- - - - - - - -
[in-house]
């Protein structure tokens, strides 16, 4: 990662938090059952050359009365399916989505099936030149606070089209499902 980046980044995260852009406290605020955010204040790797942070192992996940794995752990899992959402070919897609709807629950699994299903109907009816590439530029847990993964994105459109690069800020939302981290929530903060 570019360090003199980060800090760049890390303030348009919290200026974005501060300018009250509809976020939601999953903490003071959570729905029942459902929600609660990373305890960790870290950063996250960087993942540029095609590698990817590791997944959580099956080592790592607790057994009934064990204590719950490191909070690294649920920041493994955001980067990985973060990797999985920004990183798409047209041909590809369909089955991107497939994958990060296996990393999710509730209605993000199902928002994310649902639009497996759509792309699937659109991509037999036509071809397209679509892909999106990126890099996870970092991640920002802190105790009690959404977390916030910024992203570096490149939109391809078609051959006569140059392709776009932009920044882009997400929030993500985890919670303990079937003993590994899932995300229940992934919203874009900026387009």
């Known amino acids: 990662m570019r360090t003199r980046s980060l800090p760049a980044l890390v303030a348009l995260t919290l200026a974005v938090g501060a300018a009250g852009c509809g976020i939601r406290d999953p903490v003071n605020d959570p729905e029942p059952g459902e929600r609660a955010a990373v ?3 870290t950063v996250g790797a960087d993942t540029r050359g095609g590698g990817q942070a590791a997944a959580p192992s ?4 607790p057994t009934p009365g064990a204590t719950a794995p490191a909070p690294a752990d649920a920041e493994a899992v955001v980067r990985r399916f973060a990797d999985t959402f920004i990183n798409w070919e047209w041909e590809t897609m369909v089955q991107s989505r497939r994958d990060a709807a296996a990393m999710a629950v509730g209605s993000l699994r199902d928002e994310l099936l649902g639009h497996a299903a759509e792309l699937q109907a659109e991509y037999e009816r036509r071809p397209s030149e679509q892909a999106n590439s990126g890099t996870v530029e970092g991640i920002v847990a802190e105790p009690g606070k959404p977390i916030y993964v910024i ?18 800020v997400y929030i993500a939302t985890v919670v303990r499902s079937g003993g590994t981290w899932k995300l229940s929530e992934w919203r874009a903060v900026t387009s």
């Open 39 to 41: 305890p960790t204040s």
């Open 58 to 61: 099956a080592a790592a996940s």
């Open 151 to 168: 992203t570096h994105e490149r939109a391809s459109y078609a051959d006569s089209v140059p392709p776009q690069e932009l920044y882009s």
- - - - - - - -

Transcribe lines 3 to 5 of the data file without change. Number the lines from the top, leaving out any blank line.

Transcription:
């Known amino acids: 990662m570019r360090t003199r980046s980060l800090p760049a980044l890390v303030a348009l995260t919290l200026a974005v938090g501060a300018a009250g852009c509809g976020i939601r406290d999953p903490v003071n605020d959570p729905e029942p059952g459902e929600r609660a955010a990373v ?3 870290t950063v996250g790797a960087d993942t540029r050359g095609g590698g990817q942070a590791a997944a959580p192992s ?4 607790p057994t009934p009365g064990a204590t719950a794995p490191a909070p690294a752990d649920a920041e493994a899992v955001v980067r990985r399916f973060a990797d999985t959402f920004i990183n798409w070919e047209w041909e590809t897609m369909v089955q991107s989505r497939r994958d990060a709807a296996a990393m999710a629950v509730g209605s993000l699994r199902d928002e994310l099936l649902g639009h497996a299903a759509e792309l699937q109907a659109e991509y037999e009816r036509r071809p397209s030149e679509q892909a999106n590439s990126g890099t996870v530029e970092g991640i920002v847990a802190e105790p009690g606070k959404p977390i916030y993964v910024i ?18 800020v997400y929030i993500a939302t985890v919670v303990r499902s079937g003993g590994t981290w899932k995300l229940s929530e992934w919203r874009a903060v900026t387009s």
């Open 39 to 41: 305890p960790t204040s």
């Open 58 to 61: 099956a080592a790592a996940s």